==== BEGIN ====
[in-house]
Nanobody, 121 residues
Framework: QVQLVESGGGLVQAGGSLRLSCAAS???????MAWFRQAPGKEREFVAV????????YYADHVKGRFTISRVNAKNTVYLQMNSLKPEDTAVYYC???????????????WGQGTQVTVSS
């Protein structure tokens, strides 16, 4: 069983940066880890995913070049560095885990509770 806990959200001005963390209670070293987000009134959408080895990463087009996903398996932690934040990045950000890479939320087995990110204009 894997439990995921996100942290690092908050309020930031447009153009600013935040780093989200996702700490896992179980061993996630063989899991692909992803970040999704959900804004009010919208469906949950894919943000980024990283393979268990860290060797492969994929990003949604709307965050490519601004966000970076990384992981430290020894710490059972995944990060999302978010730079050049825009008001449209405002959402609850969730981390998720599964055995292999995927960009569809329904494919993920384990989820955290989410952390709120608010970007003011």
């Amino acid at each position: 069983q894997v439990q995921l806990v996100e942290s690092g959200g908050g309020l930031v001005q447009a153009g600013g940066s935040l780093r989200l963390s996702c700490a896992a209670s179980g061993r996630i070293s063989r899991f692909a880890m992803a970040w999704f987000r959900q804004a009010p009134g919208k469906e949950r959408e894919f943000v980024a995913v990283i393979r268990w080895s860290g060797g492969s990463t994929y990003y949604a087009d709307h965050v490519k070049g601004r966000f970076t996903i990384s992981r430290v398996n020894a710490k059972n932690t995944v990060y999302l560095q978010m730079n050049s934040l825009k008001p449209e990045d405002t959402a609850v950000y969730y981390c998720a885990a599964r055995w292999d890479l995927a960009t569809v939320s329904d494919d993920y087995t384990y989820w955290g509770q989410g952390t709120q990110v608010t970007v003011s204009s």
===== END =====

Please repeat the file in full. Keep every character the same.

[in-house]
Nanobody, 121 residues
Framework: QVQLVESGGGLVQAGGSLRLSCAAS???????MAWFRQAPGKEREFVAV????????YYADHVKGRFTISRVNAKNTVYLQMNSLKPEDTAVYYC???????????????WGQGTQVTVSS
């Protein structure tokens, strides 16, 4: 069983940066880890995913070049560095885990509770 806990959200001005963390209670070293987000009134959408080895990463087009996903398996932690934040990045950000890479939320087995990110204009 894997439990995921996100942290690092908050309020930031447009153009600013935040780093989200996702700490896992179980061993996630063989899991692909992803970040999704959900804004009010919208469906949950894919943000980024990283393979268990860290060797492969994929990003949604709307965050490519601004966000970076990384992981430290020894710490059972995944990060999302978010730079050049825009008001449209405002959402609850969730981390998720599964055995292999995927960009569809329904494919993920384990989820955290989410952390709120608010970007003011």
């Amino acid at each position: 069983q894997v439990q995921l806990v996100e942290s690092g959200g908050g309020l930031v001005q447009a153009g600013g940066s935040l780093r989200l963390s996702c700490a896992a209670s179980g061993r996630i070293s063989r899991f692909a880890m992803a970040w999704f987000r959900q804004a009010p009134g919208k469906e949950r959408e894919f943000v980024a995913v990283i393979r268990w080895s860290g060797g492969s990463t994929y990003y949604a087009d709307h965050v490519k070049g601004r966000f970076t996903i990384s992981r430290v398996n020894a710490k059972n932690t995944v990060y999302l560095q978010m730079n050049s934040l825009k008001p449209e990045d405002t959402a609850v950000y969730y981390c998720a885990a599964r055995w292999d890479l995927a960009t569809v939320s329904d494919d993920y087995t384990y989820w955290g509770q989410g952390t709120q990110v608010t970007v003011s204009s």